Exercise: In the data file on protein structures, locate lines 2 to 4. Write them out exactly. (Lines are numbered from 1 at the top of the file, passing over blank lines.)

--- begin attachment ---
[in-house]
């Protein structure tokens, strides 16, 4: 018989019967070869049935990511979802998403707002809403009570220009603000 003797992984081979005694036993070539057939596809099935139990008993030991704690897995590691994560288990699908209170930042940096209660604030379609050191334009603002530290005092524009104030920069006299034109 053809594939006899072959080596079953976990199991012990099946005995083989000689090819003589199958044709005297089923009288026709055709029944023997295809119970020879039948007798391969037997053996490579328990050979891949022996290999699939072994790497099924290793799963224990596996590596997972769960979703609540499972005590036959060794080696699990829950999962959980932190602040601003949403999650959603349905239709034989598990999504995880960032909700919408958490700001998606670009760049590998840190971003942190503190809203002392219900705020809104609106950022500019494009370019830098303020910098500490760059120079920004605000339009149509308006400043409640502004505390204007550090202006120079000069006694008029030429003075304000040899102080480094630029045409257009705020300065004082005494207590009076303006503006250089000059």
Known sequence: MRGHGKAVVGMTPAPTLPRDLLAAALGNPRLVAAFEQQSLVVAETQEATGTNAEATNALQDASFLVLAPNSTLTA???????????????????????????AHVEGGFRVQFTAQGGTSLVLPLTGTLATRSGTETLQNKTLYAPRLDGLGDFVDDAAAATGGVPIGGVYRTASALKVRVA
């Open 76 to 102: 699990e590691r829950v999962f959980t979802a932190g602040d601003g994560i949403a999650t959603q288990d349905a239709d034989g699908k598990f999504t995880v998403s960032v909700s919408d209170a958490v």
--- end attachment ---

């Protein structure tokens, strides 16, 4: 018989019967070869049935990511979802998403707002809403009570220009603000 003797992984081979005694036993070539057939596809099935139990008993030991704690897995590691994560288990699908209170930042940096209660604030379609050191334009603002530290005092524009104030920069006299034109 053809594939006899072959080596079953976990199991012990099946005995083989000689090819003589199958044709005297089923009288026709055709029944023997295809119970020879039948007798391969037997053996490579328990050979891949022996290999699939072994790497099924290793799963224990596996590596997972769960979703609540499972005590036959060794080696699990829950999962959980932190602040601003949403999650959603349905239709034989598990999504995880960032909700919408958490700001998606670009760049590998840190971003942190503190809203002392219900705020809104609106950022500019494009370019830098303020910098500490760059120079920004605000339009149509308006400043409640502004505390204007550090202006120079000069006694008029030429003075304000040899102080480094630029045409257009705020300065004082005494207590009076303006503006250089000059």
Known sequence: MRGHGKAVVGMTPAPTLPRDLLAAALGNPRLVAAFEQQSLVVAETQEATGTNAEATNALQDASFLVLAPNSTLTA???????????????????????????AHVEGGFRVQFTAQGGTSLVLPLTGTLATRSGTETLQNKTLYAPRLDGLGDFVDDAAAATGGVPIGGVYRTASALKVRVA
């Open 76 to 102: 699990e590691r829950v999962f959980t979802a932190g602040d601003g994560i949403a999650t959603q288990d349905a239709d034989g699908k598990f999504t995880v998403s960032v909700s919408d209170a958490v």